The Dallas salon owner who defied an executive order to shut down her business amid the state's coronavirus response has been released from jail early.
Responding to a petition for writ of habeas corpus filed by her attorney, the Supreme Court of Texas on Thursday ordered that Shelley Luther be released from Dallas County Jail. She was serving a seven-day sentence for contempt of court.
Luther, who was booked on Tuesday, was released as of 2 p.m. CDT Thursday, her attorney's office announced on Facebook.
"We're thrilled with the court's decision to uphold our writ and we look forward to her release," Annette Norred, the managing paralegal for Norred Law, told ABC News ahead of Luther's release.
The case drew the attention of Texas Gov. Greg Abbott, who had called for Luther's release this week, saying that the judge's ruling was "excessive."
On Thursday, the governor modified his executive order to eliminate jail time for those who violate the order. Previously, violators could face up to 180 days in jail. The modification is retroactive to April 2, when the stay-at-home order went into effect.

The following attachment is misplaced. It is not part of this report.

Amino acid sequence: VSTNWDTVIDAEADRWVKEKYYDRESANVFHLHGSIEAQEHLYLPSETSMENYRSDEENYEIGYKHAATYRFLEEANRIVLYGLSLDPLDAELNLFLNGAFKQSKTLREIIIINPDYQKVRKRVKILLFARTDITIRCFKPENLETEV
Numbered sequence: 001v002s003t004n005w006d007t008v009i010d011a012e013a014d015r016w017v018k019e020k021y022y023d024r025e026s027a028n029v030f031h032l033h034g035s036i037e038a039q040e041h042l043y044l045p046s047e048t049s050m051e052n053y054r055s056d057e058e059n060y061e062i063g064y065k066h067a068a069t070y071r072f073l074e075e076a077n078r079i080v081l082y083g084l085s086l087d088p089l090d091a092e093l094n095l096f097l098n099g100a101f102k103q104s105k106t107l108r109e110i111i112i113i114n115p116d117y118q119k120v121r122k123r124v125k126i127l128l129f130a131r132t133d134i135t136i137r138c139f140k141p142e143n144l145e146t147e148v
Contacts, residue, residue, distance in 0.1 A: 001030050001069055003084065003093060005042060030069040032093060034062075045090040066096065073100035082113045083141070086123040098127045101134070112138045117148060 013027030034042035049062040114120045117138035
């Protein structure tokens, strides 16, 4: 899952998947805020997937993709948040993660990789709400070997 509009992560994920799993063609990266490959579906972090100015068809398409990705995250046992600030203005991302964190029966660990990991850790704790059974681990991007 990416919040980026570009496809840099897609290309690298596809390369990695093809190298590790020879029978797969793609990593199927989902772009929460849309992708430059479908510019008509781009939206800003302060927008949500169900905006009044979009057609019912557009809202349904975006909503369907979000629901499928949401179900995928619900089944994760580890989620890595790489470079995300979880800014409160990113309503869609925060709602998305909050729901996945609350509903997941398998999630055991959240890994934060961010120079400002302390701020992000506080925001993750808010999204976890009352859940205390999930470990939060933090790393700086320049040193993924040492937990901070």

Texas Attorney General Ken Paxton also called for Luther's release. In a statement released Wednesday, he called the judge's order a "shameful abuse of judicial discretion."
Abbott's stay-at-home order expired April 30, at which point the state began lifting restrictions on nonessential businesses. Restaurants, movie theaters and malls were allowed to reopen May 1. On Tuesday, Abbott announced that hair salons, barber shops and nail salons could reopen on Friday.
Luther had kept open her business, Salon a la Mode, last month despite a citation, a cease-and-desist letter and a restraining order. She publicly ripped the cease-and-desist letter and kept her salon open for more than a week after she was issued the restraining order.
During a hearing on Tuesday, Luther admitted that her business was still open partially. Dallas Civil District Judge Eric Moyé scolded her for blatantly disobeying an order meant to protect residents.
"The rule of law governs us. People cannot take it upon themselves to determine what they will and will not do," he said during the hearing.
Luther told Moyé she didn't regret her actions.
"If you think the law's more important than kids getting fed, then please go ahead with your decision, but I am not going to shut the salon," she said.
In addition to the jail time, Moyé ordered Luther to pay a fine of at least $3,500.
Dallas is the second-highest Texas county with COVID cases, 4,869, according to data from the state and the Center for Systems Science and Engineering at Johns Hopkins University. The county has seen 123 deaths.
Texas saw a jump of 968 COVID-19 cases on Thursday, to 35,390 total, and an increase of 25 fatalities, to 973, according to the latest data from the state.